2013: A Perilous Year on the Internet
Mar 11, 2014 3:45 PM PT
Surfing the Internet last year was a dangerous proposition, and it isn't getting any safer. On average, 200 samples of malicious software were collected every minute by McAfee Labs, the company reported Monday in its threat report for the last quarter of 2013.
All kinds of Internet nastiness increased last year -- from ransomware and suspicious URLs to bogus digital certificates, master boot record attacks, and poisoned mobile apps, the firm said.
It was also the year that -- thanks to Target -- the malware problem was brought home to many civilians in the war against cybercrime.
"The fourth quarter of 2013 will be remembered as the period when cybercrime became real for more people than ever before," said Vincent Weafer, senior vice president for McAfee Labs.
"These cyber thefts occurred at a time when most people were focused on their holiday shopping and when the industry wanted people to feel secure and confident in their purchases," he noted.
"The impact of these attacks will be felt both at the kitchen table as well as the boardroom table," said Weafer.
Healthy Market for Mischief
The repercussions felt from last year's data breaches at Target and Nieman Marcus will be long lasting, the report predicts, and not just because they will lead to changes in security practices and lawsuits.
"The big lesson is that we face a healthy and growing cybercrime industry which played a key role in enabling and monetizing the results of these attacks," the report says.
"There's a healthy market out there, and it's not people making custom code to do stuff," said Adam Wosotowsky, a messaging data architect with McAfee and one of the report's authors.
"Criminals can get these packages, and they don't need a lot of computer knowledge to build their infections and Trojans," he told the E-Commerce Times. "After they're built, the underground market can be paid to distribute them."
While the cyberunderground may be healthy, the targets of its wares are less so, noted Michael Belton, head of the assessment team at Rapid7.
"Systems are less-protected than they should be because patches are not being deployed, monitoring systems are not being watched, and processes are just too unpredictable," he told the E-Commerce Times.
There was a disturbing increase in the amount of malicious binaries containing valid certificates, McAfee also reported. Certificates are used to validate the author of a program and ensure that software hasn't been tampered with since the certificate was issued.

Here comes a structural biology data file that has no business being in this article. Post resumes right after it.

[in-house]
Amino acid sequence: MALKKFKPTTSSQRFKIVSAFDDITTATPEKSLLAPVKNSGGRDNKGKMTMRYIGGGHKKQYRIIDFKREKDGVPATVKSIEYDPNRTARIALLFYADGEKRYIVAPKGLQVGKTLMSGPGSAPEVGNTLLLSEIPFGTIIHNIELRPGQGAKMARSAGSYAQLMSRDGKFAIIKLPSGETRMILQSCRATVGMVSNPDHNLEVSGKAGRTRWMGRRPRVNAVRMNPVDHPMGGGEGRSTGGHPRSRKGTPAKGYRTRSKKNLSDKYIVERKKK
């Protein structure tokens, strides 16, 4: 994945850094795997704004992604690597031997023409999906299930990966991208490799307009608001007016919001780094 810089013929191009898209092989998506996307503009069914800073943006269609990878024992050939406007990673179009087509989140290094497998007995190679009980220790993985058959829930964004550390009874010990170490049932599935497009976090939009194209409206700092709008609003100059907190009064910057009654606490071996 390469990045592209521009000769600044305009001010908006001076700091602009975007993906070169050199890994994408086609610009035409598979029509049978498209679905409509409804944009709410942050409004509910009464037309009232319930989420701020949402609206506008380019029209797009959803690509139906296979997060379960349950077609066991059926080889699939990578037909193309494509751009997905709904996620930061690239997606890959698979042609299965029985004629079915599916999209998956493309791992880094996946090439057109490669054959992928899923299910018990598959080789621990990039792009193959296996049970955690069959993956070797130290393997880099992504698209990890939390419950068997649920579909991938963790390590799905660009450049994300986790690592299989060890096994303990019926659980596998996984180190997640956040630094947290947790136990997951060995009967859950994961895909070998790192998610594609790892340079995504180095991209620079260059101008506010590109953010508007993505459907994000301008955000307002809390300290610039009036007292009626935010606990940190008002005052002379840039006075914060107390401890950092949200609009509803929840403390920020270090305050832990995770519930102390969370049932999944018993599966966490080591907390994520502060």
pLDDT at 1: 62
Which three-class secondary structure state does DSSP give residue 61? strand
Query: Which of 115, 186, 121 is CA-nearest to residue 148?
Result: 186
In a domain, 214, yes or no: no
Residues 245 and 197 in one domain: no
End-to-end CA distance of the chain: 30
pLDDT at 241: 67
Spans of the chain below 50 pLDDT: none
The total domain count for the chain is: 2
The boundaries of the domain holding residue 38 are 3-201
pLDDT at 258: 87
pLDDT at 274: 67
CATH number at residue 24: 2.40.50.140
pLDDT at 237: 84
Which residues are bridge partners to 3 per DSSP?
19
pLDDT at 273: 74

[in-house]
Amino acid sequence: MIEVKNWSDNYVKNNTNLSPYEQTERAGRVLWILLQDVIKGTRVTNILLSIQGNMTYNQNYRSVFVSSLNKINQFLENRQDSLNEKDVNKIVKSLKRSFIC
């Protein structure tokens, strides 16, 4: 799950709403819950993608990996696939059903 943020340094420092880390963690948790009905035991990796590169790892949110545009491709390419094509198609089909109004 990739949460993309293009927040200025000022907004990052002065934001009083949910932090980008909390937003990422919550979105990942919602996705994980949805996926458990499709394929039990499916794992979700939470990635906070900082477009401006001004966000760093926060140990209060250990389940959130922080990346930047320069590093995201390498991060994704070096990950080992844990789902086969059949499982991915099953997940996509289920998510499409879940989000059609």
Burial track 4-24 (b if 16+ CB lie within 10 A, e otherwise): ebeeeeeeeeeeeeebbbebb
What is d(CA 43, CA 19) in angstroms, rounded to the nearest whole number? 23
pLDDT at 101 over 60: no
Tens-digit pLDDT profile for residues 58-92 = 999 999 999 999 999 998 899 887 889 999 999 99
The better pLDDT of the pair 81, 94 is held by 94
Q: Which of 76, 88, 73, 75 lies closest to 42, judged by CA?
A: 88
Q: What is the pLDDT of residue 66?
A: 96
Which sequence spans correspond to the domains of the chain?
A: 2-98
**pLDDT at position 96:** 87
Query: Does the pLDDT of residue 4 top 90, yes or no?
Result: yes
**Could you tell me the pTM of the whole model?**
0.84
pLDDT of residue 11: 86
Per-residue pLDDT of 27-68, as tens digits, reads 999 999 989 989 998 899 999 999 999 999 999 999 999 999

The threat of digitally signed malware is not only expanding ever more rapidly, but also becoming more complex, the report points out. During the last quarter of 2013, McAfee discovered more than 2.3 million new and unique malicious signed binaries -- a 52 percent increase over the prior quarter -- and for the year, 5.7 million malicious signed binaries -- more than three times the number found in 2012.
"Cybercriminals are looking for ways that they can gain trusted status," said Kevin Bocek, vice president of product marketing at Venafi.
"Whether I'm Edward Snowden or a member of a cybergang, I want to get trusted status, and I want to go undetected. That's what the use of digital certificates allows me to do," he explained.
"Cybercriminals are running wild," Bocek told the E-Commerce Times. "They are compromising certificates, and there is very little enterprises have done to prepare for this."
Wild, Wild Net
Mobile malware continued to climb in 2013, the McAfee report observes. The company collected some 2.47 million new mobile malware samples, growing its "zoo" of unique samples by 197 percent for the year.
While mobile malware continues to grow, smartphone users who walk the straight and narrow should not be too concerned about infections.
"If you're getting your apps from an official site -- the iTunes Store or Google Play -- then everything is pretty safe," said McAfee's Wosotowsky.
However, Web surfers have less cause to feel safe.
"Internet citizens today are like the intrepid settlers of the American West 200 years ago," Paco Hope, principal consultant with Cigital, told the E-Commerce Times. "We need to be vigilant, protect ourselves a bit more than we might if the law were protecting us, and encourage lawmakers to catch the next train out to the undiscovered country."
As for the war with cybercrime, there doesn't seem to be a clear winner yet.
"No one has won or lost the war, but battles waged every day have to still tilt toward attacker victory over the defenders," said Tom Bain, director of marketing and security strategy at CounterTack.
That will change as defenders begin to leverage the attacker's methods and technologies against them to prevent data compromise, he told the E-Commerce Times. "Then companies can start to turn that fight around."